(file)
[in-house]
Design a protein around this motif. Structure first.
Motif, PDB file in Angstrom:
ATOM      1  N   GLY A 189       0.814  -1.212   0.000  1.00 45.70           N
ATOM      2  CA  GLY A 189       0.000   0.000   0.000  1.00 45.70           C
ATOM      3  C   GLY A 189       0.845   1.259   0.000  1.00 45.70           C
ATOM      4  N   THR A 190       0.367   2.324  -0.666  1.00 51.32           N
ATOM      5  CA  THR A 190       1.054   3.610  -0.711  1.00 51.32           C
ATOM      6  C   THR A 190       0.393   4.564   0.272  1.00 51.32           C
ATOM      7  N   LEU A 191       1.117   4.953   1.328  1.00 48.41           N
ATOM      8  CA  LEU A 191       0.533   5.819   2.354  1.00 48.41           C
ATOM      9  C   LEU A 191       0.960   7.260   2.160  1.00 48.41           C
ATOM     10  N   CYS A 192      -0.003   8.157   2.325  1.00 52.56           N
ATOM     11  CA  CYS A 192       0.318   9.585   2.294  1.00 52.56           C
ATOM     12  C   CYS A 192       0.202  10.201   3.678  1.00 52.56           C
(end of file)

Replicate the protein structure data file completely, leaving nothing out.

[in-house]
Design a protein around this motif. Structure first.
Motif, PDB file in Angstrom:
ATOM      1  N   GLY A 189       0.814  -1.212   0.000  1.00 45.70           N
ATOM      2  CA  GLY A 189       0.000   0.000   0.000  1.00 45.70           C
ATOM      3  C   GLY A 189       0.845   1.259   0.000  1.00 45.70           C
ATOM      4  N   THR A 190       0.367   2.324  -0.666  1.00 51.32           N
ATOM      5  CA  THR A 190       1.054   3.610  -0.711  1.00 51.32           C
ATOM      6  C   THR A 190       0.393   4.564   0.272  1.00 51.32           C
ATOM      7  N   LEU A 191       1.117   4.953   1.328  1.00 48.41           N
ATOM      8  CA  LEU A 191       0.533   5.819   2.354  1.00 48.41           C
ATOM      9  C   LEU A 191       0.960   7.260   2.160  1.00 48.41           C
ATOM     10  N   CYS A 192      -0.003   8.157   2.325  1.00 52.56           N
ATOM     11  CA  CYS A 192       0.318   9.585   2.294  1.00 52.56           C
ATOM     12  C   CYS A 192       0.202  10.201   3.678  1.00 52.56           C